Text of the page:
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Domestic Violence Amid the Pandemic

Updated: Oct 18, 2021

Domestic violence occurs when a partner in an intimate relationship

attempts to maintain power and control over the other partner through

avenues such as physical and sexual violence, intimidation, isolation from

healthy social supports, emotional and verbal abuse, financial abuse, and

use of children, among others.

We know that domestic violence is common; according to the Center for

Disease Control (CDC), it affects millions of people in the United States each

year. About 1 in 4 women and 1 in 10 men have experienced physical

violence, sexual violence, and/or stalking by an intimate partner within their

lifetime. Domestic violence is not limited to heterosexual relationships; in

fact, those in the LGBTQ+ community experience the same, if not higher,

rates of domestic violence than the heterosexual community and present

with distinctive barriers.

Domestic violence can have both immediate and lasting impacts on the

survivor such as physical injury, chronic physical health issues, and death.

Many survivors often experience depression, anxiety, low self-esteem and

self-worth, and Post-Traumatic-Stress symptoms that can be incapacitating

for the survivor. On a larger scale, the Center for Disease Control (CDC)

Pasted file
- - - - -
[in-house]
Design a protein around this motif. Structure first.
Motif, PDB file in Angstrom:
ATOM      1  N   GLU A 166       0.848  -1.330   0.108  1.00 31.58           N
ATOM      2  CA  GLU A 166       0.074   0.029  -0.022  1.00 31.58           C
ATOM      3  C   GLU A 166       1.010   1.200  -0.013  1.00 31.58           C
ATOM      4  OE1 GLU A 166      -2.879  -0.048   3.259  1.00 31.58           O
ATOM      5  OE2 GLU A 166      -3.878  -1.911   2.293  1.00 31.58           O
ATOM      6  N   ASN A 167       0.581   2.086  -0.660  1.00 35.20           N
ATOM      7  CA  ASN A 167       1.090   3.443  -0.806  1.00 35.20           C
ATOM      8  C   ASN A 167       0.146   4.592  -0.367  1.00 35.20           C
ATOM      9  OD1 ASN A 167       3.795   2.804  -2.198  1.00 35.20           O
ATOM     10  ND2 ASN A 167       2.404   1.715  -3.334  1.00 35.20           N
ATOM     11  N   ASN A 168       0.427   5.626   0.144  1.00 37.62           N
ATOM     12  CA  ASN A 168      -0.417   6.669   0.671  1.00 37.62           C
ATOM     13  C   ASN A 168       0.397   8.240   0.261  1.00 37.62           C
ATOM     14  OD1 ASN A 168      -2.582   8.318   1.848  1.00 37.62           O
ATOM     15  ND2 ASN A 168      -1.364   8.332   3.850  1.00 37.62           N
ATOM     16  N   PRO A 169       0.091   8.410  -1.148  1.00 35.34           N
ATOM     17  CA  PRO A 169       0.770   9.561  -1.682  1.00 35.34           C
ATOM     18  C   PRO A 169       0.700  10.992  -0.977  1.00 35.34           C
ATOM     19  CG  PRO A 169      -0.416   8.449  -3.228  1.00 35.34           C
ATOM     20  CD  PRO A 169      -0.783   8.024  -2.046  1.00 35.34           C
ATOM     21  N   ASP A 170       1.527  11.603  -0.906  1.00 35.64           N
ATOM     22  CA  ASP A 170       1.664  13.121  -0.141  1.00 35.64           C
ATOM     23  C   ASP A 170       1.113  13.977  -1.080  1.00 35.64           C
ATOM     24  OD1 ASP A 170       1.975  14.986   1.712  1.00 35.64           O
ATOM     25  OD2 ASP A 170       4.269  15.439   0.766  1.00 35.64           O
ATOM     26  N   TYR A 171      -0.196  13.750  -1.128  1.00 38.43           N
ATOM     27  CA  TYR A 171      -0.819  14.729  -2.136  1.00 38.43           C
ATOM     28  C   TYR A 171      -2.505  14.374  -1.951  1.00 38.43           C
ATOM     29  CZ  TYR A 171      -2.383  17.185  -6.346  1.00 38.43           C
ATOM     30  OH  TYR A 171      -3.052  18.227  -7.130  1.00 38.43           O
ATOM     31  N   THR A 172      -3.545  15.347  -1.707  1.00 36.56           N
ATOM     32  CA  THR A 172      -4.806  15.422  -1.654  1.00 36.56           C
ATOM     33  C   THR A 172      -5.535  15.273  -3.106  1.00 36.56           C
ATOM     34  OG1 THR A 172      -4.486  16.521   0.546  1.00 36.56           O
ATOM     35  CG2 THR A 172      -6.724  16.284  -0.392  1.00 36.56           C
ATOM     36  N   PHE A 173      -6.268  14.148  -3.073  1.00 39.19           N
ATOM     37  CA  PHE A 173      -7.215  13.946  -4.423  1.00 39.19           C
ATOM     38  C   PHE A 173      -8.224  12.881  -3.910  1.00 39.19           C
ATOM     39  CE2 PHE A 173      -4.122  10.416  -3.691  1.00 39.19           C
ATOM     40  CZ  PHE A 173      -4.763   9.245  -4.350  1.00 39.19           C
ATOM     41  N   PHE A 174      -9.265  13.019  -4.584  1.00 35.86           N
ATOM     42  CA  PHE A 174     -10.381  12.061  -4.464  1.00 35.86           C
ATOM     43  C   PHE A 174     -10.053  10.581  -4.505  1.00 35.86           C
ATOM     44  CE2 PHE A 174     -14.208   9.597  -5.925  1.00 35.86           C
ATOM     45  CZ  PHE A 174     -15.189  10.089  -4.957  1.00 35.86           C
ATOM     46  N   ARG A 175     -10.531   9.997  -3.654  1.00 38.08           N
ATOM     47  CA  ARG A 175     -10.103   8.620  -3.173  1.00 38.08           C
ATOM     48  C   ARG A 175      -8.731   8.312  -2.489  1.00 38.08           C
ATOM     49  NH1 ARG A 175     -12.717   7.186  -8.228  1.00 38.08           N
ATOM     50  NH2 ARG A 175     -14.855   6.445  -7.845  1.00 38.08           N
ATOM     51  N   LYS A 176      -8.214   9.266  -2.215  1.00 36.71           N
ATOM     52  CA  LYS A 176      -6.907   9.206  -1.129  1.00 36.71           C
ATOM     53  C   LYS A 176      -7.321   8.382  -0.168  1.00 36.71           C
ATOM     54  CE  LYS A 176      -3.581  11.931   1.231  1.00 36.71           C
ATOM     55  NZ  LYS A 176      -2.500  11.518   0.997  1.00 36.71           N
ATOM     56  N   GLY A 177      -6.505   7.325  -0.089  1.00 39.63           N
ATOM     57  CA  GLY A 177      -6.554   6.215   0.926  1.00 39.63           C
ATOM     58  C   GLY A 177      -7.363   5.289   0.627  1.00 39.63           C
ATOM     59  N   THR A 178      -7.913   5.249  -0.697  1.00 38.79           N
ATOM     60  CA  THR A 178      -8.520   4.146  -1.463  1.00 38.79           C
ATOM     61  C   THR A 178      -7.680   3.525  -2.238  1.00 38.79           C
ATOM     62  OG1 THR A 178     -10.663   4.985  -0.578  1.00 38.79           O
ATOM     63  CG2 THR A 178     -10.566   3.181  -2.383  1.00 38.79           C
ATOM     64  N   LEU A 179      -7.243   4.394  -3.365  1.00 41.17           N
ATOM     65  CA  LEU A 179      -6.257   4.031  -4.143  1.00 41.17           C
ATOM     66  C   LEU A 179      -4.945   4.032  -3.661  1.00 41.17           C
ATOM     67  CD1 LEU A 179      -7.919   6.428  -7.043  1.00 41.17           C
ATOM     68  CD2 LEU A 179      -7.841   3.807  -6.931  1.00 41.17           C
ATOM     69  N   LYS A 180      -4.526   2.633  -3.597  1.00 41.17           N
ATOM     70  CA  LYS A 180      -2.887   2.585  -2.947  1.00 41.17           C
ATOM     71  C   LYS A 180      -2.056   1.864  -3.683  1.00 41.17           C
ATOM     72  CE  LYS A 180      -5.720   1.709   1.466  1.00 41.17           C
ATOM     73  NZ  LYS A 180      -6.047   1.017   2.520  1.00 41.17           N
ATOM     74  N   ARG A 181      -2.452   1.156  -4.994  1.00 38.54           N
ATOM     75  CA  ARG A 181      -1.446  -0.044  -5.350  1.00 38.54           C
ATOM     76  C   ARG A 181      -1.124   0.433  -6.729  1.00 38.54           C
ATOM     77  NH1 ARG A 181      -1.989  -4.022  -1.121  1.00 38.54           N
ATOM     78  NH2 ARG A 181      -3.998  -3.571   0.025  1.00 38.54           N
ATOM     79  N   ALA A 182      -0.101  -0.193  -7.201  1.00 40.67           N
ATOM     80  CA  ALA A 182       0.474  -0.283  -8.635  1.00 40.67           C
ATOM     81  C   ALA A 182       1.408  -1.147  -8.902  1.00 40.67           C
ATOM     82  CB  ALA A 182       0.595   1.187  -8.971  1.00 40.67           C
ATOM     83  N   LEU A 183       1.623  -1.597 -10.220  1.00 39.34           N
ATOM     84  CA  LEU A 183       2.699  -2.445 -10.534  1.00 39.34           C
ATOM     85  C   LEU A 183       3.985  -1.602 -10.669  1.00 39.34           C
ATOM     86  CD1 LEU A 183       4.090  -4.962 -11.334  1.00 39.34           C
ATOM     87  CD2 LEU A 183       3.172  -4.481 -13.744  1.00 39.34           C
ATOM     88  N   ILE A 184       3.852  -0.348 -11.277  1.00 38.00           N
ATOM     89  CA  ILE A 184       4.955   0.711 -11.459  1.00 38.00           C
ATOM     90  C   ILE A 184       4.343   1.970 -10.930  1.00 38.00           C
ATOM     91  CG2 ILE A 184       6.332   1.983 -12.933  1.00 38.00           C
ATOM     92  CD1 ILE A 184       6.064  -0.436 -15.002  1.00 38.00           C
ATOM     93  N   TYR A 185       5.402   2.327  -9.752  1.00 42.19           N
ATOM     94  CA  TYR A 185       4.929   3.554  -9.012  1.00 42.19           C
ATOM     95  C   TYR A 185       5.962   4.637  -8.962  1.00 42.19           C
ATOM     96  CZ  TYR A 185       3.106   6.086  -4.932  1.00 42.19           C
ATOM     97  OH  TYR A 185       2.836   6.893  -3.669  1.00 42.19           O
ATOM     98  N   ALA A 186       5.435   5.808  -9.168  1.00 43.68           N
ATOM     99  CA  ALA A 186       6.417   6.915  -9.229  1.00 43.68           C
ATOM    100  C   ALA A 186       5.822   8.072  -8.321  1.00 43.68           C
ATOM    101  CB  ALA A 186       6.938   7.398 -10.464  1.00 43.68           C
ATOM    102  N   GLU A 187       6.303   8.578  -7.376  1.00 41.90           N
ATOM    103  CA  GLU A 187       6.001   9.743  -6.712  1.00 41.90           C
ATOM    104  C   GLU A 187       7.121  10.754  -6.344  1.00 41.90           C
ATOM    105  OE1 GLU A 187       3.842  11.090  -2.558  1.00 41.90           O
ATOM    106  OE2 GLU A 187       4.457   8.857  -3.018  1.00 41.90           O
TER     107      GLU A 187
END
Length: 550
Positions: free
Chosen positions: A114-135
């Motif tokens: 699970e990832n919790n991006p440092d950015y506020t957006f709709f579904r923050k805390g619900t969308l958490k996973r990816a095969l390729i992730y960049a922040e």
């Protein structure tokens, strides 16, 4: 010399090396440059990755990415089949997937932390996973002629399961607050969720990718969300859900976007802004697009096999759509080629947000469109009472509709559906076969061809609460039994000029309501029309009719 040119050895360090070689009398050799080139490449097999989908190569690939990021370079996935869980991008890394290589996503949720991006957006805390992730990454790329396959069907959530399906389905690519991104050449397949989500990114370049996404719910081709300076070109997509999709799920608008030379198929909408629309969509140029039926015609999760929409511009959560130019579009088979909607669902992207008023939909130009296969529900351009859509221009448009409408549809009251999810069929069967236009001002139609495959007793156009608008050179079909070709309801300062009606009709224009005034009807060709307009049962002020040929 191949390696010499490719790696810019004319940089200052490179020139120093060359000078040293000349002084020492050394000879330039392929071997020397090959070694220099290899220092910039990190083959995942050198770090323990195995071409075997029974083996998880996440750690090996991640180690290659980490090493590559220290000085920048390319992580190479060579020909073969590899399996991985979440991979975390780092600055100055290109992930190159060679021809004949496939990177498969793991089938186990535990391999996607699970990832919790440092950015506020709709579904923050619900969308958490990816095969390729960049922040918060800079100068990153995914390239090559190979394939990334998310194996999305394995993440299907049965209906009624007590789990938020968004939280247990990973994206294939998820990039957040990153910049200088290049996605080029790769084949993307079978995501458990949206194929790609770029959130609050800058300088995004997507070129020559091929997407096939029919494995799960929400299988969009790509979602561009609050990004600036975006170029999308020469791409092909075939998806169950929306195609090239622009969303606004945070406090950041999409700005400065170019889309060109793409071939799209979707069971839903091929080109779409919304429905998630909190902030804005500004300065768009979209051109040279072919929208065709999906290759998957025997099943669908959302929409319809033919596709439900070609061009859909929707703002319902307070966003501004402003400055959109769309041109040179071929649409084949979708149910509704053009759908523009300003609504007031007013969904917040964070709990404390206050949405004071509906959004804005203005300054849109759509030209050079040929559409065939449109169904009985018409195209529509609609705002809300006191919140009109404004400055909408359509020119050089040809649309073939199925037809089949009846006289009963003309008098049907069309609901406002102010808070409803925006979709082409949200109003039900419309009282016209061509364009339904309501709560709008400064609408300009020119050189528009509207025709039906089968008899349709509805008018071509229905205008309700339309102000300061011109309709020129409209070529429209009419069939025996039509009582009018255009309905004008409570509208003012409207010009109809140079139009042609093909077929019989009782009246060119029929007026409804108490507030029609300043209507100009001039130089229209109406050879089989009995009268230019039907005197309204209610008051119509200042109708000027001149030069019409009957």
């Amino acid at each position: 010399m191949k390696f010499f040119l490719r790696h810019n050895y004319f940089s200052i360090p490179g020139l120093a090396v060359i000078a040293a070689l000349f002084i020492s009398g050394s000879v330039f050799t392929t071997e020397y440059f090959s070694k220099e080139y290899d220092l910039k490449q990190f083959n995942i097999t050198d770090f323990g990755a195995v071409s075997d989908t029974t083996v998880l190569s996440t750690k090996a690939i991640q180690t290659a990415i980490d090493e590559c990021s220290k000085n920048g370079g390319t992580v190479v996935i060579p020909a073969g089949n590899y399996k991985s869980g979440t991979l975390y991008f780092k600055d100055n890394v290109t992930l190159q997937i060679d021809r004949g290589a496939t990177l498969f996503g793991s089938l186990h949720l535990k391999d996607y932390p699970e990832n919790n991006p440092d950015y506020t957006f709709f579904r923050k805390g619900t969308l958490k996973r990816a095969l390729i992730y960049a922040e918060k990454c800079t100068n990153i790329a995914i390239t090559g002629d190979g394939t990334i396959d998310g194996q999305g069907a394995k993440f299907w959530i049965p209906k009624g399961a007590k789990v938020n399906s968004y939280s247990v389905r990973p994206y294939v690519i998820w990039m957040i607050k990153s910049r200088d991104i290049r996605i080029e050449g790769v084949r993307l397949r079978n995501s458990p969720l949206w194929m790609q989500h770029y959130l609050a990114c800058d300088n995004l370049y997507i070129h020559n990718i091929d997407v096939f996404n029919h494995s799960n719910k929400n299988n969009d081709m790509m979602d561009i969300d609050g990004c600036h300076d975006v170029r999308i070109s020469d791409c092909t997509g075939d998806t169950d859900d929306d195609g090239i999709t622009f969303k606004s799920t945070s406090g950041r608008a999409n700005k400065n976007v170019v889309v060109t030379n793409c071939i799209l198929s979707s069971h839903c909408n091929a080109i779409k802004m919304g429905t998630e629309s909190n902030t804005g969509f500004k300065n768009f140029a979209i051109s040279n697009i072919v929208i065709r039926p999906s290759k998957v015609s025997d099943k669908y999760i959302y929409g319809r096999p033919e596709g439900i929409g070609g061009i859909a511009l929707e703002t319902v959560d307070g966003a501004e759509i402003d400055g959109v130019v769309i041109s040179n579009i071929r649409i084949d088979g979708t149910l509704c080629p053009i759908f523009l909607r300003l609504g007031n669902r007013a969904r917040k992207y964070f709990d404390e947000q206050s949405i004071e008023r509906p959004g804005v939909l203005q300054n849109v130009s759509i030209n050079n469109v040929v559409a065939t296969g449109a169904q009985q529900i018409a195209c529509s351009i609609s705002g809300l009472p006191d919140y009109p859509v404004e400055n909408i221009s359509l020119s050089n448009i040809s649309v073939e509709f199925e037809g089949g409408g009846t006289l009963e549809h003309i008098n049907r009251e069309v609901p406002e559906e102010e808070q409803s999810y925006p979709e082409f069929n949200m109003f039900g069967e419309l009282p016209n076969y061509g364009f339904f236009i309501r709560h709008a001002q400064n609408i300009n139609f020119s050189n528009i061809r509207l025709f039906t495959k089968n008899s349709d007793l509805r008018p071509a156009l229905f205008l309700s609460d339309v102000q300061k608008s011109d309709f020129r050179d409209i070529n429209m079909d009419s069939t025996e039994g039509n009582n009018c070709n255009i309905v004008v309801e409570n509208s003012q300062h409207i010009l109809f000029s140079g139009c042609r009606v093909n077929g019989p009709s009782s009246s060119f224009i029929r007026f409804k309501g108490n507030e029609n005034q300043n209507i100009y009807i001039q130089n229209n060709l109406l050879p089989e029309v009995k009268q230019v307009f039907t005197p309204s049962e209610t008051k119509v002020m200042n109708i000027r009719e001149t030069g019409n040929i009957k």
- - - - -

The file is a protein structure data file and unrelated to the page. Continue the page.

estimates that the lifetime economic costs of domestic violence (through

medical care, criminal justice services, etc.) is $3.6 trillion.

It is important to note that domestic violence was a public health issue prior

to the COVID-19 pandemic that hit early 2020. A year and a half into the

pandemic, these rates have grown substantially, about 8% according to an

analysis by NCCCJ. In a world of “the new normal”, we are seeing increased

unemployment rates, financial strain and debt, isolation from social supports,

and restricted access to resources due to influx of need and transition to

services being held virtually. Many families are experiencing extreme

hardship as a result. For those also impacted by domestic violence, the new

normal has been debilitating and has left them with even more

overwhelming barriers to staying safe and/or leaving an abusive/violent


If you or someone you know is experiencing domestic violence, call

DASACC’s 24/7 hotline and speak to an advocate today. We offer a wide

range of free services including safety planning, case management, legal

advocacy, safe shelter, group counseling, and individual counseling. You are

not alone.

24/7 Hotline/Helpline: 908-453-4181

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